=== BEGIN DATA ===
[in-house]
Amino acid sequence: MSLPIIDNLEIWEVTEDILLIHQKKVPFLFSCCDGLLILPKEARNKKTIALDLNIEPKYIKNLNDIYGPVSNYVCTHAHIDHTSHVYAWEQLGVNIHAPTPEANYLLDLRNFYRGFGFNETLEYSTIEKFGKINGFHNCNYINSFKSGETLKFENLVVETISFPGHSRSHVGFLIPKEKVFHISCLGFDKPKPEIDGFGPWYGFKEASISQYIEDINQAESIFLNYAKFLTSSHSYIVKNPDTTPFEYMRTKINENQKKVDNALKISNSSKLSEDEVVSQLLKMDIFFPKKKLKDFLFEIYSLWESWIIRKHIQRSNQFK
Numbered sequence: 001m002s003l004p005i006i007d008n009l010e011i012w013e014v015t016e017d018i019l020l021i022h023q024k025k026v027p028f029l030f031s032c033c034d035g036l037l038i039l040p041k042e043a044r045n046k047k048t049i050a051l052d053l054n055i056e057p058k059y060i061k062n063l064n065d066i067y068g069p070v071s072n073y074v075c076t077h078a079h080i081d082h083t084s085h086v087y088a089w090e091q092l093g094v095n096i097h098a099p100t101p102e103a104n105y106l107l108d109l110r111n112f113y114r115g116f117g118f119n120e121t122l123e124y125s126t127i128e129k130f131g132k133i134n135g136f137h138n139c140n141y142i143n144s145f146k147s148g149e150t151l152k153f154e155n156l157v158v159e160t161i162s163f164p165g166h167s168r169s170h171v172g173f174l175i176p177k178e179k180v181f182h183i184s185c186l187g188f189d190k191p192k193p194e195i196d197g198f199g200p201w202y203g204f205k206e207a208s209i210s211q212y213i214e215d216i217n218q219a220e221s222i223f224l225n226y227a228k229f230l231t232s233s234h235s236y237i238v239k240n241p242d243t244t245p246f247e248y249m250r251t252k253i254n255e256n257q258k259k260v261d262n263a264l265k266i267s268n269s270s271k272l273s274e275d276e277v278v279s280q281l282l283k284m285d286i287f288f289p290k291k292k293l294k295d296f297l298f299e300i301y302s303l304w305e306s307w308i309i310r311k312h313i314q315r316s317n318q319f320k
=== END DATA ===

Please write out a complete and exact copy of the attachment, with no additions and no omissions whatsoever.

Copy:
[in-house]
Amino acid sequence: MSLPIIDNLEIWEVTEDILLIHQKKVPFLFSCCDGLLILPKEARNKKTIALDLNIEPKYIKNLNDIYGPVSNYVCTHAHIDHTSHVYAWEQLGVNIHAPTPEANYLLDLRNFYRGFGFNETLEYSTIEKFGKINGFHNCNYINSFKSGETLKFENLVVETISFPGHSRSHVGFLIPKEKVFHISCLGFDKPKPEIDGFGPWYGFKEASISQYIEDINQAESIFLNYAKFLTSSHSYIVKNPDTTPFEYMRTKINENQKKVDNALKISNSSKLSEDEVVSQLLKMDIFFPKKKLKDFLFEIYSLWESWIIRKHIQRSNQFK
Numbered sequence: 001m002s003l004p005i006i007d008n009l010e011i012w013e014v015t016e017d018i019l020l021i022h023q024k025k026v027p028f029l030f031s032c033c034d035g036l037l038i039l040p041k042e043a044r045n046k047k048t049i050a051l052d053l054n055i056e057p058k059y060i061k062n063l064n065d066i067y068g069p070v071s072n073y074v075c076t077h078a079h080i081d082h083t084s085h086v087y088a089w090e091q092l093g094v095n096i097h098a099p100t101p102e103a104n105y106l107l108d109l110r111n112f113y114r115g116f117g118f119n120e121t122l123e124y125s126t127i128e129k130f131g132k133i134n135g136f137h138n139c140n141y142i143n144s145f146k147s148g149e150t151l152k153f154e155n156l157v158v159e160t161i162s163f164p165g166h167s168r169s170h171v172g173f174l175i176p177k178e179k180v181f182h183i184s185c186l187g188f189d190k191p192k193p194e195i196d197g198f199g200p201w202y203g204f205k206e207a208s209i210s211q212y213i214e215d216i217n218q219a220e221s222i223f224l225n226y227a228k229f230l231t232s233s234h235s236y237i238v239k240n241p242d243t244t245p246f247e248y249m250r251t252k253i254n255e256n257q258k259k260v261d262n263a264l265k266i267s268n269s270s271k272l273s274e275d276e277v278v279s280q281l282l283k284m285d286i287f288f289p290k291k292k293l294k295d296f297l298f299e300i301y302s303l304w305e306s307w308i309i310r311k312h313i314q315r316s317n318q319f320k